Of course, the important question is will companies continue to grow their profits like this? Many investors, like Mundy, think US companies won’t and so aren’t investing in the country very much. Others take the opposite view, saying a recovery in its housing market will feed through to the US consumer and thus into the rest of the economy, while an energy boom from cheap shale gas will allow US companies to maintain their profit margins.
Let’s put that debate to one side. The question is has the FTSE 100 rallied too far, too fast? Has the stock market got ahead of itself? The answer to that is yes, it probably has.
Evidence for this comes from a slightly unexpected source. Analysts at Bank of America Merrill Lynch have been arguing for some time that there could be a ‘great rotation’ this year as investors switch out of defensive, but expensive bonds into better value, higher yielding shares.
What we’ve witnessed in the recent stock market surge is proof that this is happening, that bullish investors are becoming more convinced that, generally speaking, the world is recovering from the financial crisis: that growth, rather than recession, is going to be the order of the day.
But the transition from hordes of investors buying bonds to hordes of investors buying shares is not going to be smooth, says BoA Merrill Lynch. Echoing Mundy, the bank’s investment team argues that a great leap forwards could be followed by a fall or ‘correction’ in the spring.
What happens to bonds
As I try to explain in this week’s Lolly Investor Programme (see video below), the key to what happens is in the bonds market. If there is going to be a global recovery followed by rising inflation and interest rates, bond prices will fall.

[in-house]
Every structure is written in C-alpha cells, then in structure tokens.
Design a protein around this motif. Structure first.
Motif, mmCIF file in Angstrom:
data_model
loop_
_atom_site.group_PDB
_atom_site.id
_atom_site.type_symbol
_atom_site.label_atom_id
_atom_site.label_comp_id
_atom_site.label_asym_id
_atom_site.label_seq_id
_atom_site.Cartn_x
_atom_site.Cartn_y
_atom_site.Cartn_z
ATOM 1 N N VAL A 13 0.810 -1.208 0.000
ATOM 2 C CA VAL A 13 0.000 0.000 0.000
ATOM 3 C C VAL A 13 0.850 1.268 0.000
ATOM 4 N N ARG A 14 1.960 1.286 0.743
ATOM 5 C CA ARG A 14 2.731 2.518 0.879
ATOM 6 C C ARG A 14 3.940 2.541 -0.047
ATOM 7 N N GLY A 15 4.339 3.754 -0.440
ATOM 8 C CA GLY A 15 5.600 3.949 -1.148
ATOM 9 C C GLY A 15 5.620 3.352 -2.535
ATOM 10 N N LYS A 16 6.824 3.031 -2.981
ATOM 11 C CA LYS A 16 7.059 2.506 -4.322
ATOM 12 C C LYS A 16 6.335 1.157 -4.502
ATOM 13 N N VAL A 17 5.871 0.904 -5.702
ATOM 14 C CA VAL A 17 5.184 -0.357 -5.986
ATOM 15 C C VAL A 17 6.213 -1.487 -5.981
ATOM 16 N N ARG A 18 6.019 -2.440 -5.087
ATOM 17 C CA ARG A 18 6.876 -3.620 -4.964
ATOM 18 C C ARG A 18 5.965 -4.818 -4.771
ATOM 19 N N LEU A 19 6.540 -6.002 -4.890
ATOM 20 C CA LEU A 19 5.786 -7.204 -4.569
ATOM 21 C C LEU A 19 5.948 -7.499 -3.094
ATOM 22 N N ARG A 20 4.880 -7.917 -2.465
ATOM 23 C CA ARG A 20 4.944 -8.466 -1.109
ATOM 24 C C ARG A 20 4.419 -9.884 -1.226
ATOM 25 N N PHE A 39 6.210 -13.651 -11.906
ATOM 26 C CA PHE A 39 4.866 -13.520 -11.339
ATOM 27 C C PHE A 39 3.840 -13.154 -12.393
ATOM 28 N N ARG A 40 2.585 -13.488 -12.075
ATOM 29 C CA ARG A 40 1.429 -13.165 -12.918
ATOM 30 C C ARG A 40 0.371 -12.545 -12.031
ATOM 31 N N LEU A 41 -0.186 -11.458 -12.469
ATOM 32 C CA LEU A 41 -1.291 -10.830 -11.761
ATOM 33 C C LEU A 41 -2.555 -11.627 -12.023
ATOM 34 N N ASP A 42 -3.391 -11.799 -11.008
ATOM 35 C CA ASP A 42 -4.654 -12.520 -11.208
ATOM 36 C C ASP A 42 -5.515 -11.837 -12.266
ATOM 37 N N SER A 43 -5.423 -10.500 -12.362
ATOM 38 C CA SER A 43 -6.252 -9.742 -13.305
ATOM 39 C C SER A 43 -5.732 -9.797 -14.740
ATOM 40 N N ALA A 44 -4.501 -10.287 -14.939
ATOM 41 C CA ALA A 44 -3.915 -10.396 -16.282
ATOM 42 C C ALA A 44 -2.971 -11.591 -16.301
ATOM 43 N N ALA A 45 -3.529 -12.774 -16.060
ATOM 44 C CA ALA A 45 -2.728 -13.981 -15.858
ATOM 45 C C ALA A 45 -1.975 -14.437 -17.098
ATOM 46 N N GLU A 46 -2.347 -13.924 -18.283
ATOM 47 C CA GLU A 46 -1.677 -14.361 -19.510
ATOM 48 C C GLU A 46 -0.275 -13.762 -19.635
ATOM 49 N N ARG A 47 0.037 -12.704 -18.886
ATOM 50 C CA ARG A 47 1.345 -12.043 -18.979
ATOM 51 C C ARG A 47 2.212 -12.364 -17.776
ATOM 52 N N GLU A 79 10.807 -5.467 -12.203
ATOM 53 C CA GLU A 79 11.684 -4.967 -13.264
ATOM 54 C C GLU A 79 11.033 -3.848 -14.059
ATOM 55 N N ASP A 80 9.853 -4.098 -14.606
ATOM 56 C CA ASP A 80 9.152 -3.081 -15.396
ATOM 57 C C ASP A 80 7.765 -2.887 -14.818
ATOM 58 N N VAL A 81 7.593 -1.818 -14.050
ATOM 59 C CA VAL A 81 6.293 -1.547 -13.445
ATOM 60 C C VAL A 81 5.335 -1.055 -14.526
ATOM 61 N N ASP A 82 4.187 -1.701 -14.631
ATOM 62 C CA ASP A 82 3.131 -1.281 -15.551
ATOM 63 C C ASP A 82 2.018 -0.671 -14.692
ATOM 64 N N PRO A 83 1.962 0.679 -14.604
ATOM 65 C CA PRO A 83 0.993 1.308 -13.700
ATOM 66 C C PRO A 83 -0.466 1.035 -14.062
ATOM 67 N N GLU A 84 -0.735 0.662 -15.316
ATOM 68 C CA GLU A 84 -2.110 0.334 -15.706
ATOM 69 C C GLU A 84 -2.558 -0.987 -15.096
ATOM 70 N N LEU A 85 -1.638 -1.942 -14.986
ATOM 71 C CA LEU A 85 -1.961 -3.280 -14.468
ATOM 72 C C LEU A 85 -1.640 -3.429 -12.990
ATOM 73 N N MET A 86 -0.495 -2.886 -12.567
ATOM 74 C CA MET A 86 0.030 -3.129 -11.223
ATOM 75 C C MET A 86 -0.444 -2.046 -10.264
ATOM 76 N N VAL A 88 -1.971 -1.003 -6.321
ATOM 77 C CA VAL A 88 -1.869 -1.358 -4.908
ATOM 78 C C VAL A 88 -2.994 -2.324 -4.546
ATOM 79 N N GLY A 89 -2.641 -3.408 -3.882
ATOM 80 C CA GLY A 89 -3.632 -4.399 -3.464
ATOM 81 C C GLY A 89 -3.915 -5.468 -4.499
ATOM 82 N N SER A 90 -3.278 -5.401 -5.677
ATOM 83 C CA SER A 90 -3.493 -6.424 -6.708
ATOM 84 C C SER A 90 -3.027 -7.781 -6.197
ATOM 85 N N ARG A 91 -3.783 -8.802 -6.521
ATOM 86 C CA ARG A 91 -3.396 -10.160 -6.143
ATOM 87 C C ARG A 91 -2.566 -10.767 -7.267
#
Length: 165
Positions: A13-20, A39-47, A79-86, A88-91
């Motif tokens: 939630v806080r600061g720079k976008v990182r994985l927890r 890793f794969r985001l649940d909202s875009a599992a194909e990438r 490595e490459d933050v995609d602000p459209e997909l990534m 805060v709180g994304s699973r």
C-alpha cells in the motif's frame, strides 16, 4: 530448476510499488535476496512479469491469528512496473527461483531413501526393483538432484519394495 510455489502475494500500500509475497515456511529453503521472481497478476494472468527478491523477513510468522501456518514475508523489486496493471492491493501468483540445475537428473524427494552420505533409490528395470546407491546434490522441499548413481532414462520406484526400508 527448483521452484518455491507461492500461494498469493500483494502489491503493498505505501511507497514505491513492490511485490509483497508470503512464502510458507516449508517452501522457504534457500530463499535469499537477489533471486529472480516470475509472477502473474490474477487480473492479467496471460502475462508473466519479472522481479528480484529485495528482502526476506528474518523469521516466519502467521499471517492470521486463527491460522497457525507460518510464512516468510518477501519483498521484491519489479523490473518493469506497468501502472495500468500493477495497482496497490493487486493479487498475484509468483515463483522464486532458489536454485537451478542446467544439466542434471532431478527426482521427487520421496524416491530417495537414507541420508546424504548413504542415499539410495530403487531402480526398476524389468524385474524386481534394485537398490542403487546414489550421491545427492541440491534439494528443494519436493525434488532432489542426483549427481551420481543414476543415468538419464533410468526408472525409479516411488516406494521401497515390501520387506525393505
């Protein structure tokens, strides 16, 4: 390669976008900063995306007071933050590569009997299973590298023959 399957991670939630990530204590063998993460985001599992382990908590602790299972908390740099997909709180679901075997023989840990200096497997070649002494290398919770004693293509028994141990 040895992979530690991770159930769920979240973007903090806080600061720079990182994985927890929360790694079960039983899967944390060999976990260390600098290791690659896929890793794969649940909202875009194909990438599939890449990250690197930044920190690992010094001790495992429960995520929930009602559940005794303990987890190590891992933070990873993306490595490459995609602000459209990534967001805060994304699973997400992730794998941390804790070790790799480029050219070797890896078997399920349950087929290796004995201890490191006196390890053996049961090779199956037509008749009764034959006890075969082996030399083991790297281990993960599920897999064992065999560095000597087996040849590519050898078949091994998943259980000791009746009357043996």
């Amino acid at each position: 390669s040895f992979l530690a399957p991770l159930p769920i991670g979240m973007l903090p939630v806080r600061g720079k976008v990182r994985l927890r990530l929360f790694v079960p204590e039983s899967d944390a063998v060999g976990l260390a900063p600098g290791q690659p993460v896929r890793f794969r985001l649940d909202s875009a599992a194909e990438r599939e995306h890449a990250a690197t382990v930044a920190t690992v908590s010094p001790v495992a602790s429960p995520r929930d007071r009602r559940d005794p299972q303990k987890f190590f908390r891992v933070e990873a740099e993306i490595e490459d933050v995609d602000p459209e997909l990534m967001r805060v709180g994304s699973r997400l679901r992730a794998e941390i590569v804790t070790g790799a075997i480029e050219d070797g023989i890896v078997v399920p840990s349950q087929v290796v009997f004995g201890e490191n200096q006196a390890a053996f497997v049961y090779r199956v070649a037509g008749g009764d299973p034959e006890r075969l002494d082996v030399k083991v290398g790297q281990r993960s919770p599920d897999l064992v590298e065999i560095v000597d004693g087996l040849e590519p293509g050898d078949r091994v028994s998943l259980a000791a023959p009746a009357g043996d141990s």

But this could be where things get tricky. When bond prices fall, their yields rise. Yields measure the amount of income a bond’s fixed rate of interest will deliver if you buy at the current price. Government bond yields are seen as a measure of what interest rates will be in the future. If it is thought that interest rates will rise, bond yields will rise first and therefore their prices will fall. We’ve seen a bit of this already this month.
BoA Merrill Lynch paints three scenarios.
1) The good
The best is that as in the early 1960s share prices and bond yields rise steadily. What investors lose on the bonds, they make up for on shares.
2) The bad
However, it warns there could be a repeat of 1994 when growing optimism about the US economy saw another big rotation from bonds into shares. Only then bonds crashed, dislocating financial markets so badly that share prices eventually fell too.
3) The just as bad
Less likely, it says, but equally alarming, there could be repeat of the Great Crash of 1987 when, among other things, equity markets took fright at the speed at which bond yields (which indicate the future cost of borrowing) were rising.
Obviously, the first scenario is much easier to contemplate. So while we should be glad that confidence has returned to stock markets, we should hope that a dash of wintry weather cools things down a little.
More about this:
Look up the funds
Look up the fund managers
More from us
- The Lolly survival guide to investing in bonds
- Bullish investors ignoring risks, warns £11bn fund manager
- Get ready for a 'Great Rotation' in stock markets
- ‘Triple dip’ alert as UK economy contracts again
- Friday Five: UK companies to profit from emerging markets
- FTSE heads for 6,300 as bulls take charge
- Does a great January mean a good year for the FTSE?
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by Gavin Lumsden on Dec 18, 2014 at 00:01